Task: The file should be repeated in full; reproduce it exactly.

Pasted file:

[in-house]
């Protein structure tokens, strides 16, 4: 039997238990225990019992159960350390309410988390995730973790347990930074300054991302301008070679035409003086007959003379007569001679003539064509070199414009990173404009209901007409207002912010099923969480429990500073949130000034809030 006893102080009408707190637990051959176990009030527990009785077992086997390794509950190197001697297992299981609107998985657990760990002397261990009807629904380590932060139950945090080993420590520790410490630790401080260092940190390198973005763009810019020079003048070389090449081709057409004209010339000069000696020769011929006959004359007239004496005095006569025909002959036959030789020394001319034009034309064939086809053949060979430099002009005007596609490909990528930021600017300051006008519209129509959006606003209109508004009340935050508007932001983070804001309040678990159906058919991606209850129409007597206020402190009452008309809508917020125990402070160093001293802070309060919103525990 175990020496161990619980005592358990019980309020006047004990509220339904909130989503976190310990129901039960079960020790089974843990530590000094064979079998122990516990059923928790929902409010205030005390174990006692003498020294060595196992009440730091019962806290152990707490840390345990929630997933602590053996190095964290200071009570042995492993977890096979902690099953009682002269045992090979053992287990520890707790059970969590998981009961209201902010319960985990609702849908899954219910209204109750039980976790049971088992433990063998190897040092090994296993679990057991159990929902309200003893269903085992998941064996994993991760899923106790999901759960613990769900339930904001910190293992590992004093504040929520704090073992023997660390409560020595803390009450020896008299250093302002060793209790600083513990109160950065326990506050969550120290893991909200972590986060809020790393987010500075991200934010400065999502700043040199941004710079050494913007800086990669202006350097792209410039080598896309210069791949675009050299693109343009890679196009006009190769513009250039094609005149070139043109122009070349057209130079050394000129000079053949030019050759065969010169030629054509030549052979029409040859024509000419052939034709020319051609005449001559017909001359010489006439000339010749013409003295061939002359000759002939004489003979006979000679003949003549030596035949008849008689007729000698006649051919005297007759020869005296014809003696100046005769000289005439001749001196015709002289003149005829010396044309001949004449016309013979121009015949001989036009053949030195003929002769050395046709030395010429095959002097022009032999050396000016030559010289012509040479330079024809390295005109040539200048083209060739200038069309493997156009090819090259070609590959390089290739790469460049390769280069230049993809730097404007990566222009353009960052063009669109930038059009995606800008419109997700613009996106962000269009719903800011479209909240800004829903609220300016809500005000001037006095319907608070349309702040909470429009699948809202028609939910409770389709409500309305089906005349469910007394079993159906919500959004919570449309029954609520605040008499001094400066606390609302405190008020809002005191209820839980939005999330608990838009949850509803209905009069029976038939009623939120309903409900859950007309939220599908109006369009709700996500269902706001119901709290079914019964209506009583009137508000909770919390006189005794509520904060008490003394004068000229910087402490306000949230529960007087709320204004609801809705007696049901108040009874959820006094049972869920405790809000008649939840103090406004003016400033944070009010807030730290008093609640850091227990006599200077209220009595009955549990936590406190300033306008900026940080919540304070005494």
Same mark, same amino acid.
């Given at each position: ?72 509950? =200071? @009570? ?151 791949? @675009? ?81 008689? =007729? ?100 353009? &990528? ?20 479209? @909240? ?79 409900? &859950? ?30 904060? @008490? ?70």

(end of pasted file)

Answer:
[in-house]
């Protein structure tokens, strides 16, 4: 039997238990225990019992159960350390309410988390995730973790347990930074300054991302301008070679035409003086007959003379007569001679003539064509070199414009990173404009209901007409207002912010099923969480429990500073949130000034809030 006893102080009408707190637990051959176990009030527990009785077992086997390794509950190197001697297992299981609107998985657990760990002397261990009807629904380590932060139950945090080993420590520790410490630790401080260092940190390198973005763009810019020079003048070389090449081709057409004209010339000069000696020769011929006959004359007239004496005095006569025909002959036959030789020394001319034009034309064939086809053949060979430099002009005007596609490909990528930021600017300051006008519209129509959006606003209109508004009340935050508007932001983070804001309040678990159906058919991606209850129409007597206020402190009452008309809508917020125990402070160093001293802070309060919103525990 175990020496161990619980005592358990019980309020006047004990509220339904909130989503976190310990129901039960079960020790089974843990530590000094064979079998122990516990059923928790929902409010205030005390174990006692003498020294060595196992009440730091019962806290152990707490840390345990929630997933602590053996190095964290200071009570042995492993977890096979902690099953009682002269045992090979053992287990520890707790059970969590998981009961209201902010319960985990609702849908899954219910209204109750039980976790049971088992433990063998190897040092090994296993679990057991159990929902309200003893269903085992998941064996994993991760899923106790999901759960613990769900339930904001910190293992590992004093504040929520704090073992023997660390409560020595803390009450020896008299250093302002060793209790600083513990109160950065326990506050969550120290893991909200972590986060809020790393987010500075991200934010400065999502700043040199941004710079050494913007800086990669202006350097792209410039080598896309210069791949675009050299693109343009890679196009006009190769513009250039094609005149070139043109122009070349057209130079050394000129000079053949030019050759065969010169030629054509030549052979029409040859024509000419052939034709020319051609005449001559017909001359010489006439000339010749013409003295061939002359000759002939004489003979006979000679003949003549030596035949008849008689007729000698006649051919005297007759020869005296014809003696100046005769000289005439001749001196015709002289003149005829010396044309001949004449016309013979121009015949001989036009053949030195003929002769050395046709030395010429095959002097022009032999050396000016030559010289012509040479330079024809390295005109040539200048083209060739200038069309493997156009090819090259070609590959390089290739790469460049390769280069230049993809730097404007990566222009353009960052063009669109930038059009995606800008419109997700613009996106962000269009719903800011479209909240800004829903609220300016809500005000001037006095319907608070349309702040909470429009699948809202028609939910409770389709409500309305089906005349469910007394079993159906919500959004919570449309029954609520605040008499001094400066606390609302405190008020809002005191209820839980939005999330608990838009949850509803209905009069029976038939009623939120309903409900859950007309939220599908109006369009709700996500269902706001119901709290079914019964209506009583009137508000909770919390006189005794509520904060008490003394004068000229910087402490306000949230529960007087709320204004609801809705007696049901108040009874959820006094049972869920405790809000008649939840103090406004003016400033944070009010807030730290008093609640850091227990006599200077209220009595009955549990936590406190300033306008900026940080919540304070005494």
Same mark, same amino acid.
């Given at each position: ?72 509950? =200071? @009570? ?151 791949? @675009? ?81 008689? =007729? ?100 353009? &990528? ?20 479209? @909240? ?79 409900? &859950? ?30 904060? @008490? ?70």